Jets' Revis is up to the competition in NFL
Lining up against New York Jets cornerback Darrelle Revis has caused such a disappearing act among the NFL's elite wide receivers that they might as well be flying into the Bermuda Triangle or stranded on Alcatraz.
Revis' shutdown skills have caused such commotion that New York City Mayor Michael Bloomberg on Thursday unofficially renamed Manhattan "Revis Island" in anticipation of today's AFC Championship Game between the Jets and Indianapolis Colts.
The nickname is befitting the blanket coverage provided by Revis, 24, who starred at Aliquippa High School and for the Pitt Panthers before developing a reputation as the NFL's premier cover man.
"I've been playing cornerback since I was 7, since I started football," he said. "I played a couple other positions — wide receiver, running back, a little bit of quarterback — but I always just liked what a cornerback does, getting interceptions and coming up and tackling and watching receivers and trying to shut them down.
"I grew up wanting to be like Deion Sanders, Ty Law, Darrell Green, Mel Blount. I guess it's happening, but I know you've still got to work hard and prove yourself every year."
A third-year pro, Revis has reduced receivers to shells of themselves. When lined up in man coverage, Revis held opponents to 27 catches for 288 yards and two touchdowns this season. None of the seven players he faced who finished with 1,000-plus receiving yards managed more than 35 yards against Revis, who snapped Cincinnati's Chad Ochocinco's streak of 120 consecutive games with a reception by blanking him in the regular-season finale.
It's no wonder boisterous Jets coach Rex Ryan stumped for Revis to be named NFL Defensive Player of the Year, and fumed when Green Bay cornerback Charles Woodson received twice as many votes, 28-14.
"Some guys I've been around are great corners," Ryan said. "Generally, you match them on the second receiver and double their top receive. With Revis, you're able to take out their best receiver and then roll your coverage to a lesser receiver. You're almost daring your opponent to throw it to their best receiver."
'A great player'
Aliquippa football coach Mike Zmijanac remembers a conversation when Revis was a sophomore.
"The (message) was that the great ones were the first on the field and last off," Zmijanac said. "He was late once, when his car broke down. He never missed any practices. That wasn't his style."
Revis led the Quips to the 2004 WPIAL and PIAA Class AA championships, tying a finals record with five touchdowns and cementing his status as the Pittsburgh Tribune-Review Player of the Year. Last fall, he received the ultimate compliment in Quip Town, when the school retired his No. 2 jersey. Revis joined Aliquippa legends Mike Ditka, Sean Gilbert, Raphael 'Pudgy' Abercrombie and Ty Law with the honor.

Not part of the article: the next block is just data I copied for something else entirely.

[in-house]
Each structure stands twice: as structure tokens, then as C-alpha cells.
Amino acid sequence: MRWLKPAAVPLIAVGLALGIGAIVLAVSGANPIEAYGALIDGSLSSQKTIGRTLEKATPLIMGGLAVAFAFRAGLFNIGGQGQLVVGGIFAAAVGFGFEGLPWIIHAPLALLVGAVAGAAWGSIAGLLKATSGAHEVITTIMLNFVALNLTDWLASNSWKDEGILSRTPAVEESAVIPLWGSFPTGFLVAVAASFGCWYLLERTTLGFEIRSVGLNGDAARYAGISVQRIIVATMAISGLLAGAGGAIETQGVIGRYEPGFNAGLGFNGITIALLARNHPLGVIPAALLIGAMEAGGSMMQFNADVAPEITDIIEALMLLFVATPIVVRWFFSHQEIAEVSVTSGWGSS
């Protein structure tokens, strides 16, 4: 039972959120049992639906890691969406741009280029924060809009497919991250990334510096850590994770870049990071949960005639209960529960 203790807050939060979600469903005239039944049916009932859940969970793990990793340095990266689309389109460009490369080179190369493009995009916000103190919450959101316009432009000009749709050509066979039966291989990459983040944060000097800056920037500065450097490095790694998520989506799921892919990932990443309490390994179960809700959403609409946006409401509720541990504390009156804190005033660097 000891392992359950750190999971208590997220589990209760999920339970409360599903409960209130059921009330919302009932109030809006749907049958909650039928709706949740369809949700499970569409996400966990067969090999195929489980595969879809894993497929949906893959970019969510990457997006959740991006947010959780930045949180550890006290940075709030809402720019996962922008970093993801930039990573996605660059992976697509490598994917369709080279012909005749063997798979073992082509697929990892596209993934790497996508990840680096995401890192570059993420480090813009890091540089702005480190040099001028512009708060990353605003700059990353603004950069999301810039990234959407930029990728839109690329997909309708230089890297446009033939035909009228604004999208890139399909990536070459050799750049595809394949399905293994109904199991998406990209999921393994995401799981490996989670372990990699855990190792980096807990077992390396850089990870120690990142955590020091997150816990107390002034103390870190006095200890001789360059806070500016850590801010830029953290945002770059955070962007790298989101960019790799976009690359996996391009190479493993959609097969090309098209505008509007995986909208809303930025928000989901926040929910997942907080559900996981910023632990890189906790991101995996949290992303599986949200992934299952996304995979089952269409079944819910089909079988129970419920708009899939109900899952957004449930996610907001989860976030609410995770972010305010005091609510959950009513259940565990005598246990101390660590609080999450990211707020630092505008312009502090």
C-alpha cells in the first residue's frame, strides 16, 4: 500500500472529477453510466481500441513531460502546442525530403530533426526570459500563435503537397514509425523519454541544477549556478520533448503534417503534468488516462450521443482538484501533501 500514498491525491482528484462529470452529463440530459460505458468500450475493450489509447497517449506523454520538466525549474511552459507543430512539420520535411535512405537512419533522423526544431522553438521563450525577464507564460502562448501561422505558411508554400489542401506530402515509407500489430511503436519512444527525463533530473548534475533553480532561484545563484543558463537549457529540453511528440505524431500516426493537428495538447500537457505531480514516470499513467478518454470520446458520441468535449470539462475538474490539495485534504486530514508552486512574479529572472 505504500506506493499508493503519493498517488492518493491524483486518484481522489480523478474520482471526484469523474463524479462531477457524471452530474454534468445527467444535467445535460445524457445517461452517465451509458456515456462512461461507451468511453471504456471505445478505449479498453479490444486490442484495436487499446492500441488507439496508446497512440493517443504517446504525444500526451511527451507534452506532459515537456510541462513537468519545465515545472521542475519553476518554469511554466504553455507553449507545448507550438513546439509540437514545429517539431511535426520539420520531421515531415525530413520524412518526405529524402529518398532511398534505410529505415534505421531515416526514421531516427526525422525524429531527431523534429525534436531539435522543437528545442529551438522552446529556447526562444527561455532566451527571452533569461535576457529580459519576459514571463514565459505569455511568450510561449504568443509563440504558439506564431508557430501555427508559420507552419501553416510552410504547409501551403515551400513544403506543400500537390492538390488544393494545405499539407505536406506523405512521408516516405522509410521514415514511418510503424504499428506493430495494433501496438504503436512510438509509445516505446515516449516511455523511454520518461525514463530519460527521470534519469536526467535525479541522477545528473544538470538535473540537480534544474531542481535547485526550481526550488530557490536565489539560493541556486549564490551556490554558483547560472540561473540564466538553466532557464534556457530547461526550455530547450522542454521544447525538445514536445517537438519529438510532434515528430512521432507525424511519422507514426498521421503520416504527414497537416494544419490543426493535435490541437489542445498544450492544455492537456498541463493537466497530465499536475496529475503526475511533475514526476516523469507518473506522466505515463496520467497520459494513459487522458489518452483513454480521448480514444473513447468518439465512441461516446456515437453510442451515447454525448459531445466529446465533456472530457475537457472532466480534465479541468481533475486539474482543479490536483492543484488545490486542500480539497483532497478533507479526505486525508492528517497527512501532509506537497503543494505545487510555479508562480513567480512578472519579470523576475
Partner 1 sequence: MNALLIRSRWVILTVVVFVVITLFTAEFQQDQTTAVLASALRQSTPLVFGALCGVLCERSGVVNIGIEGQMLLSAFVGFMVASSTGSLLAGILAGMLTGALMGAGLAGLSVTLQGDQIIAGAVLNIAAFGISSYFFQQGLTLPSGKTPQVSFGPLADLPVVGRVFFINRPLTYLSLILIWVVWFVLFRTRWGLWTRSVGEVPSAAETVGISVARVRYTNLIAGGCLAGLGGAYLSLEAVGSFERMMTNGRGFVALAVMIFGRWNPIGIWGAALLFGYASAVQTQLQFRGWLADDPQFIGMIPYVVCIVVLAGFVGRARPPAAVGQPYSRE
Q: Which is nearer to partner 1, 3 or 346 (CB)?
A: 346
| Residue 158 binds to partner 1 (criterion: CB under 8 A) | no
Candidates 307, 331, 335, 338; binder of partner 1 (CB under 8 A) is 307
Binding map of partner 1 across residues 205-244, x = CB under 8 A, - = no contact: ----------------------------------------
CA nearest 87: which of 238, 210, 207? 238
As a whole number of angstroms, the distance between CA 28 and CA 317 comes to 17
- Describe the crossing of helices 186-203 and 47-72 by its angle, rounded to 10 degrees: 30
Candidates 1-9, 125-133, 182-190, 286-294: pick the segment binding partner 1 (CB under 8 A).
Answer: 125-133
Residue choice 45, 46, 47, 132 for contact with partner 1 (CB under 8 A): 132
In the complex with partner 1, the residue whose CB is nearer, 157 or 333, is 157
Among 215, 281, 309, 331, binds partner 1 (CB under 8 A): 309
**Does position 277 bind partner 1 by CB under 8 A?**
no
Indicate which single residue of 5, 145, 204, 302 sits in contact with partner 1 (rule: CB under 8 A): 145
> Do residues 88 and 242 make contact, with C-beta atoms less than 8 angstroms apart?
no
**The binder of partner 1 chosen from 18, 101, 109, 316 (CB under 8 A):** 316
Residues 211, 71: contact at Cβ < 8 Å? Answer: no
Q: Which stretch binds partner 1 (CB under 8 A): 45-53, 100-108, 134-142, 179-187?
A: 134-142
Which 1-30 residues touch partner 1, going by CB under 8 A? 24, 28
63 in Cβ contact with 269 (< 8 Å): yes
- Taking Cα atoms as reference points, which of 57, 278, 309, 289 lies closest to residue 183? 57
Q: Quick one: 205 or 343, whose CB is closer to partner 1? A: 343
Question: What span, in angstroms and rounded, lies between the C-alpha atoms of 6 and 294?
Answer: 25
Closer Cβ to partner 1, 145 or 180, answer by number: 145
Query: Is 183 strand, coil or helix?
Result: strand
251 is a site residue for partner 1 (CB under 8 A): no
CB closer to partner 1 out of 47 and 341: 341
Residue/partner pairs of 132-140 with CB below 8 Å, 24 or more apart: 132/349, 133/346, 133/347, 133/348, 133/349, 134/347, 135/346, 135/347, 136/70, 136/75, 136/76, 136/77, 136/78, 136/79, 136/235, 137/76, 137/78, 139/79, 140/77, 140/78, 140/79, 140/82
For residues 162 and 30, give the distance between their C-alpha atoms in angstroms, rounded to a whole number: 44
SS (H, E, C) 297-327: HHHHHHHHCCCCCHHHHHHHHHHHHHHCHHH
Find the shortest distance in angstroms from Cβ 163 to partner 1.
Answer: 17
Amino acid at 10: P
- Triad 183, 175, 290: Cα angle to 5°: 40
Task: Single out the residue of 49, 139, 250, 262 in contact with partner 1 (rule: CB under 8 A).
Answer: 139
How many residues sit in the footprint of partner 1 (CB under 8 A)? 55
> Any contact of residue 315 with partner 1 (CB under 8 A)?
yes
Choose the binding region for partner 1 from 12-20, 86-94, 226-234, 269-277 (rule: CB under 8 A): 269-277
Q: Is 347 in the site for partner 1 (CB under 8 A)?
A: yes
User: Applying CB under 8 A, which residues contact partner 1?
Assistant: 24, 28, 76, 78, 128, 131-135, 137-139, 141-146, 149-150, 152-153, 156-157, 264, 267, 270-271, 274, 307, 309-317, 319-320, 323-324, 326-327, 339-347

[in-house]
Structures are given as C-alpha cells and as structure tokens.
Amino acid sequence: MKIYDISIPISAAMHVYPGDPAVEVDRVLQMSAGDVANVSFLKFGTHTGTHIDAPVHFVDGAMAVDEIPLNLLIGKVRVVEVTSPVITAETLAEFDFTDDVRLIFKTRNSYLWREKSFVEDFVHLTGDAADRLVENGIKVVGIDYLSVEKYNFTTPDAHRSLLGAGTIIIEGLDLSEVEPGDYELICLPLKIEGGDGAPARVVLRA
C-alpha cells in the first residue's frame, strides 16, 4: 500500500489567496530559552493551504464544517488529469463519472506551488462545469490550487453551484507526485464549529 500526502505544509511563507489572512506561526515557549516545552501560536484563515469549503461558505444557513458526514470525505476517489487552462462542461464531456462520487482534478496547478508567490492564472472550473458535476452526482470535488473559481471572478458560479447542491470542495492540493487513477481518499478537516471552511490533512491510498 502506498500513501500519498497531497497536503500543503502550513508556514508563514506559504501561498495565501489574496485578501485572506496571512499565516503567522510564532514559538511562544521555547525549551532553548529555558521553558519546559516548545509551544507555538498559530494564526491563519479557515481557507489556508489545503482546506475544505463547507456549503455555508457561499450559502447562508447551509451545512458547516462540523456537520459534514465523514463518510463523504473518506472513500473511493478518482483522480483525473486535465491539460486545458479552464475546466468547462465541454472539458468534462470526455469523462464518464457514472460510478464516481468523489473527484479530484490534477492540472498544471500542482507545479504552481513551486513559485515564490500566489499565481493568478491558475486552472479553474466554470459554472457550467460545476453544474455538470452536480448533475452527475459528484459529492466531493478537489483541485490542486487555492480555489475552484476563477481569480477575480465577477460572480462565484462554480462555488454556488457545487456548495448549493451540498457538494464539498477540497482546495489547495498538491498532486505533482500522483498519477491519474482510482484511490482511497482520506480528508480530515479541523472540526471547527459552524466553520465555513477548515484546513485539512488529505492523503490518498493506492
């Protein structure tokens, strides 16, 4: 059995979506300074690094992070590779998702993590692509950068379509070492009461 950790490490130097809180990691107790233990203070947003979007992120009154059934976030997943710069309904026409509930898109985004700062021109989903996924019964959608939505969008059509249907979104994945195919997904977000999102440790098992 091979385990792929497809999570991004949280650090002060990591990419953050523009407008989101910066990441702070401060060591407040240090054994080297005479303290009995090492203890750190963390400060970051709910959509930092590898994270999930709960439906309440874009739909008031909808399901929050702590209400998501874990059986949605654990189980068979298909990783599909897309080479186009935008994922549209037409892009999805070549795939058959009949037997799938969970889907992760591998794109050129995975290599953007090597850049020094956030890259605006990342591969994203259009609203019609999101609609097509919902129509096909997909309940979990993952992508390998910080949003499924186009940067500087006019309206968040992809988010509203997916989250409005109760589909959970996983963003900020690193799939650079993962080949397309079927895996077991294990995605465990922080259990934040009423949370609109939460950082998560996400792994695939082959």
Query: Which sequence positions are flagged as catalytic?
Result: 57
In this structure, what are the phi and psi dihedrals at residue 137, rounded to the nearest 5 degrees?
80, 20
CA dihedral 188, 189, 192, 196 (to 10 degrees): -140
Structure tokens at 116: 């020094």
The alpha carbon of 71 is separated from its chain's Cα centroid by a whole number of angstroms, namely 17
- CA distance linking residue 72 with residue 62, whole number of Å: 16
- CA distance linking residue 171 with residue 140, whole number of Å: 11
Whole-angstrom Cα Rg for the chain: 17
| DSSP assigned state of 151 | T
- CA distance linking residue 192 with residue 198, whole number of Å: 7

"We're more proud of the way he carries himself, with his demeanor and attitude," Zmijanac said, "than his football success."
When he became Pitt coach in 2005, Dave Wannstedt was impressed by Revis' work ethic and physical play. The Panthers weren't using much "press" coverage but soon switched when they saw what a natural they had in Revis. By his junior season, Revis was responsible for covering the wide side of the field, leaving the opposite corner to handle only the boundary.
When Revis was selected with the 14th pick of the 2007 NFL Draft, Wannstedt figured he would live up to his first-round billing and earn a starting spot in the Jets' secondary. Revis has exceeded those expectations by becoming a student of the game.
"You're nervous about using the word 'great' with a guy who has been in the league for three years, but he's a great player," Wannstedt said. "I'm glad he's a Pitt Panther. He makes us all proud."
'A great skill level'
To hear Revis tell it, there is no secret to his success. It's all part of a plan.
"The one thing I do is set goals," Revis said. "That's what I've been doing since high school, and they all came true. Nobody's going to give it to you, so you've got to work extra hard to get those things."
NFL Network analyst and former star cornerback Deion Sanders praised Revis' wide variety of attributes.
"One thing people really don't understand is he's never out of position," Sanders said. "He's never high. He plays low. He has great balance. I'm not going to say he's a speedster, but he has a burst. He knows the integral parts of the game. He's a studier. He takes his work home with him.
"You're not going to worry about him going to jail after practice or something absurd like that. He is a consummate professional on and off the field, and his work habits are second to none. I just feel elated about this kid and his potential."
Revis has eight interceptions, including two in the postseason, and his 37 passes defensed were most in the NFL. When it comes to living on an island, Revis has proven to be quite the castaway.
"He's got a great skill level," Ryan said. "When you're looking at great corners, two things that they have to have: Can they find the football, and can they catch it• He can do both as well as anybody in the league."
Ryan isn't ruling out that Revis could do it as well as anybody in the history of the league, either.
"That's a tall order, but we'll see," Ryan said. "He's well on his way, that's for sure."
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